UPDATED 06/06/11 10:39 a.m.

CHICAGO (CBS) — Closing arguments are scheduled for Tuesday in the trial of a Chicago businessman accused of aiding terrorists in deadly attacks in Mumbia, India in 2008.

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The defense rested its case on Monday after calling only two witnesses–a computer expert and immigration attorney–on behalf of Tahawwur Rana.

The prosecution rested its case earlier today.

As WBBM Newsradio 780’s Mary Frances Bragiel reports, federal prosecutors called one more witness Monday to try and bolster their case against Tahawwur Rana. He is charged with covering up for David Coleman Headley, who has pleaded guilty to his role in the Mumbai attacks which killed more than 160 people including several Americans.

Headley was the prosecution’s star witness in the trial, on the stand for nearly a week telling jurors how he worked with Pakistani intelligence and a militant group ahead of the bombing.

LISTEN: Newsradio 780’s Mary Frances Bragiel reports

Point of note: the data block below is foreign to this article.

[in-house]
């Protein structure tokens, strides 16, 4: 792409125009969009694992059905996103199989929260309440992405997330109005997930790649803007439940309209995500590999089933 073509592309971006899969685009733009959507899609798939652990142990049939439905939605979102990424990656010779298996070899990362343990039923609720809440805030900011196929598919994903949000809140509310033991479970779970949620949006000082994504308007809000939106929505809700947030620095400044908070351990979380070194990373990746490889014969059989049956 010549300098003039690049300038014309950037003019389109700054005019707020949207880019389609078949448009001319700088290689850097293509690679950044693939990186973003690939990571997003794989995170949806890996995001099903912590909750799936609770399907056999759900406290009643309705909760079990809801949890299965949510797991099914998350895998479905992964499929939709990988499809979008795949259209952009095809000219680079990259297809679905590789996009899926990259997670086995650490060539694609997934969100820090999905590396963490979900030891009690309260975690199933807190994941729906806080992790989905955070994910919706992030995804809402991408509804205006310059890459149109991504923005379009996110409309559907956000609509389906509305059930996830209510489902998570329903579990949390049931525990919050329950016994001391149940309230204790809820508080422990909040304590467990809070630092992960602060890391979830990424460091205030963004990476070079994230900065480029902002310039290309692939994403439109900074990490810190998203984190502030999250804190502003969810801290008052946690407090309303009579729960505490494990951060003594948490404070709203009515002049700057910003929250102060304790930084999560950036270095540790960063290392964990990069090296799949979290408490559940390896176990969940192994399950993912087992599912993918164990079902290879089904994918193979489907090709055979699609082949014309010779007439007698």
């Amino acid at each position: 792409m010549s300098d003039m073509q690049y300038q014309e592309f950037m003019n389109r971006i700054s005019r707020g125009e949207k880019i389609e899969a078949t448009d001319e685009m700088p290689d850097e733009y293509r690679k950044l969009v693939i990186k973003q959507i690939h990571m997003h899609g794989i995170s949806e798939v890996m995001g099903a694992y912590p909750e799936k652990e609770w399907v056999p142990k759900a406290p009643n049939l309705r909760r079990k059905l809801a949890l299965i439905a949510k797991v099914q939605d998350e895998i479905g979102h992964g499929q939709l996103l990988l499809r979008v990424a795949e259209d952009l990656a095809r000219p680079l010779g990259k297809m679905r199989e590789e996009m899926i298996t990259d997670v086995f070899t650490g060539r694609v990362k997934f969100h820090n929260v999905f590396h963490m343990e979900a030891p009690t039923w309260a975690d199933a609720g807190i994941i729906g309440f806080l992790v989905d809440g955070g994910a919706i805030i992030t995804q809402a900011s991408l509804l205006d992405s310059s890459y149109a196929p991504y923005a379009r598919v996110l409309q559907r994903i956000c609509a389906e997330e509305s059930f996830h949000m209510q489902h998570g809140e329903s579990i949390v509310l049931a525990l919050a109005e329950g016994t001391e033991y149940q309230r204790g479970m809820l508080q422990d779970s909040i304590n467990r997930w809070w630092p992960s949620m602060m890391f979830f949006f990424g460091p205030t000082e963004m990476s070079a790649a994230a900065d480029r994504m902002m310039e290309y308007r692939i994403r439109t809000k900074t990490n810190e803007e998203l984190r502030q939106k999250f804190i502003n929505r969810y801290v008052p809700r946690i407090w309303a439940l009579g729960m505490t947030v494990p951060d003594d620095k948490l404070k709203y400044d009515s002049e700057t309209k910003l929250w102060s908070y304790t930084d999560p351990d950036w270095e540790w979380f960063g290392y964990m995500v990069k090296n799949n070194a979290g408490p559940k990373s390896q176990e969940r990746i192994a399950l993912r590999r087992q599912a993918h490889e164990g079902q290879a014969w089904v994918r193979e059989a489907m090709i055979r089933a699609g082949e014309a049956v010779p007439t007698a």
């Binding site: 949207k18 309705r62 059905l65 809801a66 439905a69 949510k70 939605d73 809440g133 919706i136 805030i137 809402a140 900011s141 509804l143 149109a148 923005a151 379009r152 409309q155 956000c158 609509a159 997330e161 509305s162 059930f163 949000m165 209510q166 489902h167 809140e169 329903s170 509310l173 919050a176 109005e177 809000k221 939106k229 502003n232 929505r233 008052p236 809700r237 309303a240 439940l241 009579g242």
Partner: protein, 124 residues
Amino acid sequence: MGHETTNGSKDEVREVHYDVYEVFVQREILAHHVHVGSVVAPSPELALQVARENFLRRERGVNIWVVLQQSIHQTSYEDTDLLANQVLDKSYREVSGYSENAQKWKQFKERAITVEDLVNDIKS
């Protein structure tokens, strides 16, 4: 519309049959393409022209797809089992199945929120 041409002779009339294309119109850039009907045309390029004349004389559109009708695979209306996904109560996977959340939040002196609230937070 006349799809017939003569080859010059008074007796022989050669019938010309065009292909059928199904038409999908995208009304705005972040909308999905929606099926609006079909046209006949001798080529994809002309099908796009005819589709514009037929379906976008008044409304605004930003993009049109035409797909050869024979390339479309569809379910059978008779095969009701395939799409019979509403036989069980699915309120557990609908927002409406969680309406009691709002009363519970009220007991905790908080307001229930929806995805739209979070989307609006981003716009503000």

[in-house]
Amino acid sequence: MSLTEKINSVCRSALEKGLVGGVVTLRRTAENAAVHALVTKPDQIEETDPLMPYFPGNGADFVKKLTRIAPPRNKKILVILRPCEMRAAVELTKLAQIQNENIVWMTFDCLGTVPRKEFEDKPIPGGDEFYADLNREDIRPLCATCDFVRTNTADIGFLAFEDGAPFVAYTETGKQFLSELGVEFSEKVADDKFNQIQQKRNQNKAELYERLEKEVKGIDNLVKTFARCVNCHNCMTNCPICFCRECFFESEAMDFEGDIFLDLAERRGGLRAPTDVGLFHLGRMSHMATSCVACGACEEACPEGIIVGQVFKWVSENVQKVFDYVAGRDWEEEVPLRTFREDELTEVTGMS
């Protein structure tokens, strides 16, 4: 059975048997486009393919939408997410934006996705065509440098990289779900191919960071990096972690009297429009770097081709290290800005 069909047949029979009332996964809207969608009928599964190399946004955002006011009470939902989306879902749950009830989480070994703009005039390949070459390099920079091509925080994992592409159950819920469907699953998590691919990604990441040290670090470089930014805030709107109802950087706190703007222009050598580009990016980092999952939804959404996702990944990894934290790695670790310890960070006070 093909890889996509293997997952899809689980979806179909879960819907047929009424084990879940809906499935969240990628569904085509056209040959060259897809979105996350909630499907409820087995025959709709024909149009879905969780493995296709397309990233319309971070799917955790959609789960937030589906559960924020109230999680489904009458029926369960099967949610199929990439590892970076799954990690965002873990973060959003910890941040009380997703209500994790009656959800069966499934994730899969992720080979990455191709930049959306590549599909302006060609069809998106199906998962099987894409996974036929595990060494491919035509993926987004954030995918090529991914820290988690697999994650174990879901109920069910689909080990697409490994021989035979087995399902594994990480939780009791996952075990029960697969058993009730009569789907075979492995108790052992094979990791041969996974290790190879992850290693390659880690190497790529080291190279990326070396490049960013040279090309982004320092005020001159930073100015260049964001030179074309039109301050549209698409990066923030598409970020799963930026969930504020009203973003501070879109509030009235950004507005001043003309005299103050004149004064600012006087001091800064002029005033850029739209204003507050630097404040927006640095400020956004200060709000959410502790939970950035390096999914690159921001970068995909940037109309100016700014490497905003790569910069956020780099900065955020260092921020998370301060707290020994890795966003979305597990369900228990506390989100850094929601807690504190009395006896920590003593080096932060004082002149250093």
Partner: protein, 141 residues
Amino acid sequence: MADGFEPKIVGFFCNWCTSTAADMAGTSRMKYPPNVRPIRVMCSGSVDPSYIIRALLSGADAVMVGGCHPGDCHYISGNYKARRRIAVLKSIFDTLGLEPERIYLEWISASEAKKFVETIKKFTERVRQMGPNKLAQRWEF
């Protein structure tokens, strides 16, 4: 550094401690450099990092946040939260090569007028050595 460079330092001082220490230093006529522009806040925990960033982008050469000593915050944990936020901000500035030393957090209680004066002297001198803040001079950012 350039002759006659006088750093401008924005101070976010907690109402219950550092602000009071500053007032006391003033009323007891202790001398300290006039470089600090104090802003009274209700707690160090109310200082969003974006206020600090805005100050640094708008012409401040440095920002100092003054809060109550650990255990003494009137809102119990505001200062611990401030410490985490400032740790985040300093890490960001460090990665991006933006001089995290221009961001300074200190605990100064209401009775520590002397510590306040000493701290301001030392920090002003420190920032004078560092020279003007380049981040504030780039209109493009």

Headley has pleaded guilty to laying the groundwork in the three-day massacre that left more than 160 dead in India’s largest city.

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So far, he has told jurors that in August 2009, he used one of Rana’s work computers in Chicago to begin researching details about Lockheed Martin and its CEO for Ilyas Kashmiri, a Pakistani terrorist leader who has ties to al-Qaida.

Kashmiri, one of six others charged in the Mumbai case in absentia, was reportedly killed Friday in a U.S. missile strike. Rana is the only one on trial.

Headley said Kashmiri was angry over the U.S. drone attacks inside Pakistan and wanted to target the defense contractor.

Kashmiri led the militant group Harakat-ul-Jihad al-Islami, which has launched attacks in India and Pakistan, including a 2006 suicide bombing against the U.S. consulate in Karachi that killed four people, according to the State Department.

Headley also has pleaded guilty to plotting an attack against a Danish newspaper that in 2005 printed cartoons of the Prophet Muhammad, which angered many Muslims. Rana is also charged in that plot, which was never carried out.

Rana and Headley were high school chums, and defense attorneys have described Headley as liar who cut a deal with the government to avoid the death penalty.

Rana, a Canadian national who has lived in Chicago for years and owns an immigration services business on Devon Avenue, has pleaded not guilty.

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